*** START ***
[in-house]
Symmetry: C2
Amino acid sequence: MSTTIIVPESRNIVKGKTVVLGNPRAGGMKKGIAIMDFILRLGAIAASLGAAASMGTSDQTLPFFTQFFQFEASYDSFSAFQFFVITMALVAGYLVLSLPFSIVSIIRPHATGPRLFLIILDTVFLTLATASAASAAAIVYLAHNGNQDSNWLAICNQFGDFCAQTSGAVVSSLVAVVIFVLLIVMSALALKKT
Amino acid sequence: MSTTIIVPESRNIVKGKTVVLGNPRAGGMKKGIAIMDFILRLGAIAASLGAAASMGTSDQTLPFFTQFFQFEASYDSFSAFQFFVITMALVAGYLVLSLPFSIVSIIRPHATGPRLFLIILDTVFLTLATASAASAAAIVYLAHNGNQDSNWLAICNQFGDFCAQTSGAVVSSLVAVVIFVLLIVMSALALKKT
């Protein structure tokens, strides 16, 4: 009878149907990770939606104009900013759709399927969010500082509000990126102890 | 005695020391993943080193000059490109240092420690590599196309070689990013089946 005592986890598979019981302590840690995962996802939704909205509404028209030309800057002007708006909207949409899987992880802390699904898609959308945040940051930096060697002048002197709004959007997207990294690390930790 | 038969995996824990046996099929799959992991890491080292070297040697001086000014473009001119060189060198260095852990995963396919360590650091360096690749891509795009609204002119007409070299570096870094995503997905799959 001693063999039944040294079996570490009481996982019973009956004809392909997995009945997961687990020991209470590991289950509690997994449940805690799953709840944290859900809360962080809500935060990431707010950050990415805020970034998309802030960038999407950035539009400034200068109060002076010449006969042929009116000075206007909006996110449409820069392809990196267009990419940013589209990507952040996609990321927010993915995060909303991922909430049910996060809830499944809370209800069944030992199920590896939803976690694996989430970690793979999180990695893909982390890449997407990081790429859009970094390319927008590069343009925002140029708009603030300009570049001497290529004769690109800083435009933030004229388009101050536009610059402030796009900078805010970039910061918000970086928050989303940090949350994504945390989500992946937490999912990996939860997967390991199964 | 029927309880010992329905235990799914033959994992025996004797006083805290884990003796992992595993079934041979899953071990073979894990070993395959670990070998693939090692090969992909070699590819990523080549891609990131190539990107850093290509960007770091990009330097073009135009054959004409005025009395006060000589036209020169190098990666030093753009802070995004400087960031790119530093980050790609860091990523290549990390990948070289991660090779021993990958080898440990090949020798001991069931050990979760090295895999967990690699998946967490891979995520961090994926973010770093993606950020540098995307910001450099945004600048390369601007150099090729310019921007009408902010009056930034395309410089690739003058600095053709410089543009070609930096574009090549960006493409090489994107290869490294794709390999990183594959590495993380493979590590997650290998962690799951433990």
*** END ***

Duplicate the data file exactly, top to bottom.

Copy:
[in-house]
Symmetry: C2
Amino acid sequence: MSTTIIVPESRNIVKGKTVVLGNPRAGGMKKGIAIMDFILRLGAIAASLGAAASMGTSDQTLPFFTQFFQFEASYDSFSAFQFFVITMALVAGYLVLSLPFSIVSIIRPHATGPRLFLIILDTVFLTLATASAASAAAIVYLAHNGNQDSNWLAICNQFGDFCAQTSGAVVSSLVAVVIFVLLIVMSALALKKT
Amino acid sequence: MSTTIIVPESRNIVKGKTVVLGNPRAGGMKKGIAIMDFILRLGAIAASLGAAASMGTSDQTLPFFTQFFQFEASYDSFSAFQFFVITMALVAGYLVLSLPFSIVSIIRPHATGPRLFLIILDTVFLTLATASAASAAAIVYLAHNGNQDSNWLAICNQFGDFCAQTSGAVVSSLVAVVIFVLLIVMSALALKKT
């Protein structure tokens, strides 16, 4: 009878149907990770939606104009900013759709399927969010500082509000990126102890 | 005695020391993943080193000059490109240092420690590599196309070689990013089946 005592986890598979019981302590840690995962996802939704909205509404028209030309800057002007708006909207949409899987992880802390699904898609959308945040940051930096060697002048002197709004959007997207990294690390930790 | 038969995996824990046996099929799959992991890491080292070297040697001086000014473009001119060189060198260095852990995963396919360590650091360096690749891509795009609204002119007409070299570096870094995503997905799959 001693063999039944040294079996570490009481996982019973009956004809392909997995009945997961687990020991209470590991289950509690997994449940805690799953709840944290859900809360962080809500935060990431707010950050990415805020970034998309802030960038999407950035539009400034200068109060002076010449006969042929009116000075206007909006996110449409820069392809990196267009990419940013589209990507952040996609990321927010993915995060909303991922909430049910996060809830499944809370209800069944030992199920590896939803976690694996989430970690793979999180990695893909982390890449997407990081790429859009970094390319927008590069343009925002140029708009603030300009570049001497290529004769690109800083435009933030004229388009101050536009610059402030796009900078805010970039910061918000970086928050989303940090949350994504945390989500992946937490999912990996939860997967390991199964 | 029927309880010992329905235990799914033959994992025996004797006083805290884990003796992992595993079934041979899953071990073979894990070993395959670990070998693939090692090969992909070699590819990523080549891609990131190539990107850093290509960007770091990009330097073009135009054959004409005025009395006060000589036209020169190098990666030093753009802070995004400087960031790119530093980050790609860091990523290549990390990948070289991660090779021993990958080898440990090949020798001991069931050990979760090295895999967990690699998946967490891979995520961090994926973010770093993606950020540098995307910001450099945004600048390369601007150099090729310019921007009408902010009056930034395309410089690739003058600095053709410089543009070609930096574009090549960006493409090489994107290869490294794709390999990183594959590495993380493979590590997650290998962690799951433990």